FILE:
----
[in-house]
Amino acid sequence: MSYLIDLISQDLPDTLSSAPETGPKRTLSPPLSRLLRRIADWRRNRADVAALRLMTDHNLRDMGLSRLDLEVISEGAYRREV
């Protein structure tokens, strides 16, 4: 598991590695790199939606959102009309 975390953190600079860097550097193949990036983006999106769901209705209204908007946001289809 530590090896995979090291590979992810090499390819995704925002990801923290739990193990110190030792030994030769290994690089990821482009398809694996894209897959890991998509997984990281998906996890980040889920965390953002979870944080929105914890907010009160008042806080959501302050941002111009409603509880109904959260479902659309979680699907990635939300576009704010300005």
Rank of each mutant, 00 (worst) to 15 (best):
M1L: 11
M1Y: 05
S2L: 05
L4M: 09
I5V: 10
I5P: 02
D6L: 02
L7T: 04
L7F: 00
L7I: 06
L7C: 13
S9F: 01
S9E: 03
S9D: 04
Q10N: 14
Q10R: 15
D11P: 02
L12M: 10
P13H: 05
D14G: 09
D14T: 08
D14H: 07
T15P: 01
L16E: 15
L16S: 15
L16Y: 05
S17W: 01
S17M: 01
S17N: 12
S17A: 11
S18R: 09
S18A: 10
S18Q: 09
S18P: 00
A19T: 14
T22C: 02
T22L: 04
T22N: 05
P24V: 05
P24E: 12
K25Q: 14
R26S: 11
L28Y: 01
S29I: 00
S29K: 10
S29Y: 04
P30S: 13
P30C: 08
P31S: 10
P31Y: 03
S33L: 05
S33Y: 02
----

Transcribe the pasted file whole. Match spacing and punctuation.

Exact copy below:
[in-house]
Amino acid sequence: MSYLIDLISQDLPDTLSSAPETGPKRTLSPPLSRLLRRIADWRRNRADVAALRLMTDHNLRDMGLSRLDLEVISEGAYRREV
């Protein structure tokens, strides 16, 4: 598991590695790199939606959102009309 975390953190600079860097550097193949990036983006999106769901209705209204908007946001289809 530590090896995979090291590979992810090499390819995704925002990801923290739990193990110190030792030994030769290994690089990821482009398809694996894209897959890991998509997984990281998906996890980040889920965390953002979870944080929105914890907010009160008042806080959501302050941002111009409603509880109904959260479902659309979680699907990635939300576009704010300005």
Rank of each mutant, 00 (worst) to 15 (best):
M1L: 11
M1Y: 05
S2L: 05
L4M: 09
I5V: 10
I5P: 02
D6L: 02
L7T: 04
L7F: 00
L7I: 06
L7C: 13
S9F: 01
S9E: 03
S9D: 04
Q10N: 14
Q10R: 15
D11P: 02
L12M: 10
P13H: 05
D14G: 09
D14T: 08
D14H: 07
T15P: 01
L16E: 15
L16S: 15
L16Y: 05
S17W: 01
S17M: 01
S17N: 12
S17A: 11
S18R: 09
S18A: 10
S18Q: 09
S18P: 00
A19T: 14
T22C: 02
T22L: 04
T22N: 05
P24V: 05
P24E: 12
K25Q: 14
R26S: 11
L28Y: 01
S29I: 00
S29K: 10
S29Y: 04
P30S: 13
P30C: 08
P31S: 10
P31Y: 03
S33L: 05
S33Y: 02